“The proposed marina project has absurdly large piers for such a relatively small waterbody: the proposed piers will be nearly two times the maximum length of 100 feet allowed for docks on Lake George (45 square miles), a waterbody that is 374 times the size of Lower Fish Creek Pond (approx. 77 acres). The currently proposed project must be denied by APA through an adjudicatory hearing due to its adverse impacts on the Park’s natural, scenic, aesthetic, ecological, wildlife and recreational resources,” said Claudia Braymer, Deputy Director, Protect the Adirondacks.

“The current proposed project warrants an Adjudicatory Hearing to gain essential facts, review evidence, to allow expert testimony and to hear fact-based concerns about how this project may impact the ecosystem, water quality and public enjoyment of the area,” stated Tom Swayne, President, Upper Saranac Foundation.

“The  Adirondack Park State Land Master Plan clearly states that ‘the water resources of the Adirondacks are critical to the integrity of the Park. For the APA to continue to ignore their obligation to determine the carrying capacity of the Park’s water bodies makes a mockery of their primary duty to protect the natural resources of the Park,” stated Roger Downs, Conservation Director, Sierra Club Atlantic Chapter.

Photo at top by Zachary Matson/Explorer file photo.

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Dave Gibson, who writes about issues of wilderness, wild lands, public policy, and more, has been involved in Adirondack conservation for over 30 years as executive director of the Association for the Protection of the Adirondacks, executive director of Protect the Adirondacks and currently as managing partner with Adirondack Wild: Friends of the Forest PreserveDuring Dave's tenure at the Association, the organization completed the Center for the Forest Preserve including the Adirondack Research Library at Paul Schaefer’s home. The library has the finest Adirondack collection outside the Blue Line, specializing in Adirondack conservation and recreation history. Currently, Dave is managing partner in the nonprofit organization launched in 2010, Adirondack Wild: Friends of the Forest Preserve.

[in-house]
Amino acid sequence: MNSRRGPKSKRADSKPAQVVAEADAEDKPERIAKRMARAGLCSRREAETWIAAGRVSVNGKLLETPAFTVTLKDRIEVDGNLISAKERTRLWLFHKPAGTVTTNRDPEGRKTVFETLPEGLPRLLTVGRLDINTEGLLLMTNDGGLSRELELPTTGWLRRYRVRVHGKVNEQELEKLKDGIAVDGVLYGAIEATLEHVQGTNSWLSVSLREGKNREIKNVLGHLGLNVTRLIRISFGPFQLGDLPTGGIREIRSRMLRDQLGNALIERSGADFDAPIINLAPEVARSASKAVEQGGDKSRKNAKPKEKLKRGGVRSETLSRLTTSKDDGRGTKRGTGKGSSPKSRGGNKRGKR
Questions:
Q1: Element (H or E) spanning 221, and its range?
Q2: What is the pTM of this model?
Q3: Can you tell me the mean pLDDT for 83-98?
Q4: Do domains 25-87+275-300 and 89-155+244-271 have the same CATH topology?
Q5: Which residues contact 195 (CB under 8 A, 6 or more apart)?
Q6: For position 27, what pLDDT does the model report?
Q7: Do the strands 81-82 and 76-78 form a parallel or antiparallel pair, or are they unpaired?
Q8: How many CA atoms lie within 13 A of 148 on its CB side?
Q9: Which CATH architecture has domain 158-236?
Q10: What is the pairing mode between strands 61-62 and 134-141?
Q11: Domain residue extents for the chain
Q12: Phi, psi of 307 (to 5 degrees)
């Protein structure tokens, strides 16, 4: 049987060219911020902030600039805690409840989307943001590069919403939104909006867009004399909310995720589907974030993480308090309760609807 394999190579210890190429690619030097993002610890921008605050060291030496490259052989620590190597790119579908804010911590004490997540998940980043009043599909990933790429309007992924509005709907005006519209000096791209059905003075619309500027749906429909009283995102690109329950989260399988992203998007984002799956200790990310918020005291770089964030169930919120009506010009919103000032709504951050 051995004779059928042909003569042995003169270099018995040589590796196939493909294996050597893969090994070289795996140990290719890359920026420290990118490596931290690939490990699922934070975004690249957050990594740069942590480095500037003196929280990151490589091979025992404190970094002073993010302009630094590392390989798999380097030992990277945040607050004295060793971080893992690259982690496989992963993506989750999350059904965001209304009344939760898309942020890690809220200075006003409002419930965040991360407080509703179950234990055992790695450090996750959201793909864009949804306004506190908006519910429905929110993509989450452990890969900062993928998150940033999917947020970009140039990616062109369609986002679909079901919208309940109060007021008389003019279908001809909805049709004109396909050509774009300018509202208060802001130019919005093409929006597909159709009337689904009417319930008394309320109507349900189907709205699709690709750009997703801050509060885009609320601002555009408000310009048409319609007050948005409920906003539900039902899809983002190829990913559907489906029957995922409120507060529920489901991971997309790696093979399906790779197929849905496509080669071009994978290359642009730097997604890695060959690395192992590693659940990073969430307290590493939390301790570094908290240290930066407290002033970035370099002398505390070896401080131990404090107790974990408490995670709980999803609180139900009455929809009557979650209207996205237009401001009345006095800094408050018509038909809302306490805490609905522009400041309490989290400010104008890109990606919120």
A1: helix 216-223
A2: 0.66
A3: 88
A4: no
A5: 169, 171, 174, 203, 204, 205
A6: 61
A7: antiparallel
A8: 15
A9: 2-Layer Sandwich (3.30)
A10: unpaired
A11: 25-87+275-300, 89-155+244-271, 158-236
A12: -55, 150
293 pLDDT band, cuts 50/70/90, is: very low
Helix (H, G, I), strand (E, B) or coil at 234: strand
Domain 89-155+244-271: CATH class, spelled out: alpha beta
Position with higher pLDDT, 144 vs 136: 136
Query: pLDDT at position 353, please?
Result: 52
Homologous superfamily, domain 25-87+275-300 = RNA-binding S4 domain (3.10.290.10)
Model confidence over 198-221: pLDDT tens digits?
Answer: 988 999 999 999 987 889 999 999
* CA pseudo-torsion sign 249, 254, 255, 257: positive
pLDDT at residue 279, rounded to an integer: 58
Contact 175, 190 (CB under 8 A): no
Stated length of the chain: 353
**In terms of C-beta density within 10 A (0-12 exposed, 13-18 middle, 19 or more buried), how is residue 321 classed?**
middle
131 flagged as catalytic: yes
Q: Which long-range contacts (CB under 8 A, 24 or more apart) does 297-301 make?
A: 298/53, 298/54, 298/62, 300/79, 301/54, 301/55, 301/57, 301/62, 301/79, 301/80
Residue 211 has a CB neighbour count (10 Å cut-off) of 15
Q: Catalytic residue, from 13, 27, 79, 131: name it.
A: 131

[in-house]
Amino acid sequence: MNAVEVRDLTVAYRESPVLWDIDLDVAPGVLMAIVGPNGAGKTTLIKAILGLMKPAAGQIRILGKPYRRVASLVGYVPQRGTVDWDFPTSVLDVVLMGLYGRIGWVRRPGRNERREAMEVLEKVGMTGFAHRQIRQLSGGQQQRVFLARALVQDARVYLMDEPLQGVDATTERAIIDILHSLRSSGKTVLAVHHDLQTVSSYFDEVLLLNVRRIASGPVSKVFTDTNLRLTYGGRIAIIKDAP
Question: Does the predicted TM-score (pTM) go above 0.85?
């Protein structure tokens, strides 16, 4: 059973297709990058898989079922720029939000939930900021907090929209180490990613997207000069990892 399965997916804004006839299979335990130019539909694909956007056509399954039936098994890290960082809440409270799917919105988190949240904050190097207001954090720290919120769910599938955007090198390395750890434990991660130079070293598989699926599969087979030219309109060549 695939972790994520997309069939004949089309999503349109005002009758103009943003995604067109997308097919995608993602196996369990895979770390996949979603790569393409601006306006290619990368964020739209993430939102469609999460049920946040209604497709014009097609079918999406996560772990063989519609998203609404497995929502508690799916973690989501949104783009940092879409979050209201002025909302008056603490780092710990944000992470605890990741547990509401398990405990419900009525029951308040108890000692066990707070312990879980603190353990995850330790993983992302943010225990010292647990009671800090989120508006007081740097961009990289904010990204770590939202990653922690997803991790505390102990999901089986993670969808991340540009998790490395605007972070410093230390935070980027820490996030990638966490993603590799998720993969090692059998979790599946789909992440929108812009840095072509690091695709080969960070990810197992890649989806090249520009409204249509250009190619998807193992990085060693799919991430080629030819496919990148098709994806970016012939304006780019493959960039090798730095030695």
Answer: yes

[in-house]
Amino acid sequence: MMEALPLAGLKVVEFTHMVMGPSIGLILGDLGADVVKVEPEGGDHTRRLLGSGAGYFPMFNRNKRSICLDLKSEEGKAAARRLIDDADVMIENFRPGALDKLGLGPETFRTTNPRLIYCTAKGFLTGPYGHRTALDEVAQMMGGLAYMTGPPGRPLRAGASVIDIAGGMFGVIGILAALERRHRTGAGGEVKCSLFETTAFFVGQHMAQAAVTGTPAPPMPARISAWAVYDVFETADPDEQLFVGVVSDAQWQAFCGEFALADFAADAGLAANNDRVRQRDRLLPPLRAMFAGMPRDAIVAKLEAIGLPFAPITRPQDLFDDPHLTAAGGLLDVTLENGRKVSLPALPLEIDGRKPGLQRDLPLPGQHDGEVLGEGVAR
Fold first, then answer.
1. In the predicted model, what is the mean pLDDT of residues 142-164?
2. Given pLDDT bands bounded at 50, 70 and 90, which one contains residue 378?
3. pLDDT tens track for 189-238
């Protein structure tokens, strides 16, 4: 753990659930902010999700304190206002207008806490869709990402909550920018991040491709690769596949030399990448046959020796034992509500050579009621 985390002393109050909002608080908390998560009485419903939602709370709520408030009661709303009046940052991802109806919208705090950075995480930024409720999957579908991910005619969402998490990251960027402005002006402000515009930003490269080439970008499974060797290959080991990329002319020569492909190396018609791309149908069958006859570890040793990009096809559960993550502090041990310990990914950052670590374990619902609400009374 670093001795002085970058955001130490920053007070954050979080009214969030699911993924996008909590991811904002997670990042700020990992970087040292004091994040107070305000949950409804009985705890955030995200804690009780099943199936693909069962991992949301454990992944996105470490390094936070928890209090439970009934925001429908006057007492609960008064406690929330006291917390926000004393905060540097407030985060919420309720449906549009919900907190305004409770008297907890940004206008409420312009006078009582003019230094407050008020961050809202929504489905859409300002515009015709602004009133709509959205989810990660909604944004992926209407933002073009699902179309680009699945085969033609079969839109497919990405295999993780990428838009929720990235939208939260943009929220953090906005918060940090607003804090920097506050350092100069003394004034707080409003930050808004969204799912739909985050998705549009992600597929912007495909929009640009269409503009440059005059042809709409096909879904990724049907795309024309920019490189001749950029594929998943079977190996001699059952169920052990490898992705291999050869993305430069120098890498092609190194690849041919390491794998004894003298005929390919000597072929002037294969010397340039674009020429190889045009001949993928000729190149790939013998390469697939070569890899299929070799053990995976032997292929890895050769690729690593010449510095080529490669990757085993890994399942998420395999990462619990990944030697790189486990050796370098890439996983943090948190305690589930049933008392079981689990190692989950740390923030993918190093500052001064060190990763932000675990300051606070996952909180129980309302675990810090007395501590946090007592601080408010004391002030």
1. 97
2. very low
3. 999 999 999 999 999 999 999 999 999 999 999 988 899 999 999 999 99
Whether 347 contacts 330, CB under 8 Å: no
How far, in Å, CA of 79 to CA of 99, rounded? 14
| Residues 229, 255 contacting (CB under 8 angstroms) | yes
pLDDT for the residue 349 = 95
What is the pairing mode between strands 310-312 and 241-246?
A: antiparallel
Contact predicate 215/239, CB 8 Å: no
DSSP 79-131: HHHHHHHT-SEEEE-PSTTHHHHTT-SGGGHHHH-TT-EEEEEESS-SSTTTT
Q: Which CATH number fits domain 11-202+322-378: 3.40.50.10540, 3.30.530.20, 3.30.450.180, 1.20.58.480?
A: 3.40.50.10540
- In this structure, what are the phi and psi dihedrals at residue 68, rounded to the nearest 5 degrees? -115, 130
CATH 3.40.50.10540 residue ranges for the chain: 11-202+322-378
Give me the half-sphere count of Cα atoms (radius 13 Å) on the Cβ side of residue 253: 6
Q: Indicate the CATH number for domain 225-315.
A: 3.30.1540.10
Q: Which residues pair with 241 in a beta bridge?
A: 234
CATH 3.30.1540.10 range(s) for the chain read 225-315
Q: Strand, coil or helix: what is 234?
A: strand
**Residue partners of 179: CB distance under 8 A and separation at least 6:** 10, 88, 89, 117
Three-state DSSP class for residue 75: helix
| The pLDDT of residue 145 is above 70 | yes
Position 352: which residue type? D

5 Responses

  1. Joan Grabe says:

    After months ? years? of discussion about the former Hickok property I am sick of asking the APA to do certain tests like the carrying capacity of Fish Creek Pond. I am asking them to turn it down and review other uses for the property if there are any takers. The new Marina owner should just duplicate the current structures, docks and boat livery. That would be acceptable. Open space would be even better but this is not utopia.

    • Paul says:

      Turn it down on what grounds? You don’t like the expansion?

      I thought this is already settled? The courts have ruled on this. Let’s move on.

  2. Jeanne says:

    Paul, Please re-read information regarding NYS – DEC Application as Incomplete.
    I believe this whole issue needs to be step by step in accordance with DEC. This area is so congested and this expansion is way too large. Who does it benefit? Back to step one.

    • Paul says:

      Good call, thanks. I was confusing this one with the lower saranac project.

      I would note that this article is very misleading (maybe on purpose) to make it sound like this water body is not really connected to Upper Saranac (the largest Saranac on the chain) where most of the boats docked here will probably be going. This article makes it sound like they will just be stuck cruising around Fish Creek Pond? It is mentioned in the article but barely. How large of a percentage of an expansion is this?

    • Paul says:

      Harbours off the ocean have lots of docks, that is point. I see this as more of ‘harbor’ for the 4700 acre lake.